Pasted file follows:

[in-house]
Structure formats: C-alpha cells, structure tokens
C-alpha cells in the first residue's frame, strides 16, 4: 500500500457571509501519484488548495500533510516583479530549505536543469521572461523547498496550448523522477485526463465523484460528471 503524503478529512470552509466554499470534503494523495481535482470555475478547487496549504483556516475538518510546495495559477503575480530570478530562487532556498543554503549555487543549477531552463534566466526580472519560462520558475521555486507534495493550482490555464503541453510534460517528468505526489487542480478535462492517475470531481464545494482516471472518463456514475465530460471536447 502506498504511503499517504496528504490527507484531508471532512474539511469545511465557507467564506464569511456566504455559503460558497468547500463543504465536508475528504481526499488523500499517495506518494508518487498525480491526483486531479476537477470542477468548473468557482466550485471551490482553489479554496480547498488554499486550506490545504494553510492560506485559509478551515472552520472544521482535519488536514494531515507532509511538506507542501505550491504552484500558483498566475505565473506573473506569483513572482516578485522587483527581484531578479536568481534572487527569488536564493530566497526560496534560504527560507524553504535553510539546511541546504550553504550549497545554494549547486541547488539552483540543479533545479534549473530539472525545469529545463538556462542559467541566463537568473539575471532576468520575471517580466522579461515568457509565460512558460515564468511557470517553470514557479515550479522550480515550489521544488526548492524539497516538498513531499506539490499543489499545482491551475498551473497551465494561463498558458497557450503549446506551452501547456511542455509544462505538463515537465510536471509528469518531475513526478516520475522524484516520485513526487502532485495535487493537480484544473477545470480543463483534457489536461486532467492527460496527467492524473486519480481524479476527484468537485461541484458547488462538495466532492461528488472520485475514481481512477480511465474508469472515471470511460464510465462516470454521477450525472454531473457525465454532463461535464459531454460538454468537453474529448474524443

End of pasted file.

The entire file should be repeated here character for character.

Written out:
[in-house]
Structure formats: C-alpha cells, structure tokens
C-alpha cells in the first residue's frame, strides 16, 4: 500500500457571509501519484488548495500533510516583479530549505536543469521572461523547498496550448523522477485526463465523484460528471 503524503478529512470552509466554499470534503494523495481535482470555475478547487496549504483556516475538518510546495495559477503575480530570478530562487532556498543554503549555487543549477531552463534566466526580472519560462520558475521555486507534495493550482490555464503541453510534460517528468505526489487542480478535462492517475470531481464545494482516471472518463456514475465530460471536447 502506498504511503499517504496528504490527507484531508471532512474539511469545511465557507467564506464569511456566504455559503460558497468547500463543504465536508475528504481526499488523500499517495506518494508518487498525480491526483486531479476537477470542477468548473468557482466550485471551490482553489479554496480547498488554499486550506490545504494553510492560506485559509478551515472552520472544521482535519488536514494531515507532509511538506507542501505550491504552484500558483498566475505565473506573473506569483513572482516578485522587483527581484531578479536568481534572487527569488536564493530566497526560496534560504527560507524553504535553510539546511541546504550553504550549497545554494549547486541547488539552483540543479533545479534549473530539472525545469529545463538556462542559467541566463537568473539575471532576468520575471517580466522579461515568457509565460512558460515564468511557470517553470514557479515550479522550480515550489521544488526548492524539497516538498513531499506539490499543489499545482491551475498551473497551465494561463498558458497557450503549446506551452501547456511542455509544462505538463515537465510536471509528469518531475513526478516520475522524484516520485513526487502532485495535487493537480484544473477545470480543463483534457489536461486532467492527460496527467492524473486519480481524479476527484468537485461541484458547488462538495466532492461528488472520485475514481481512477480511465474508469472515471470511460464510465462516470454521477450525472454531473457525465454532463461535464459531454460538454468537453474529448474524443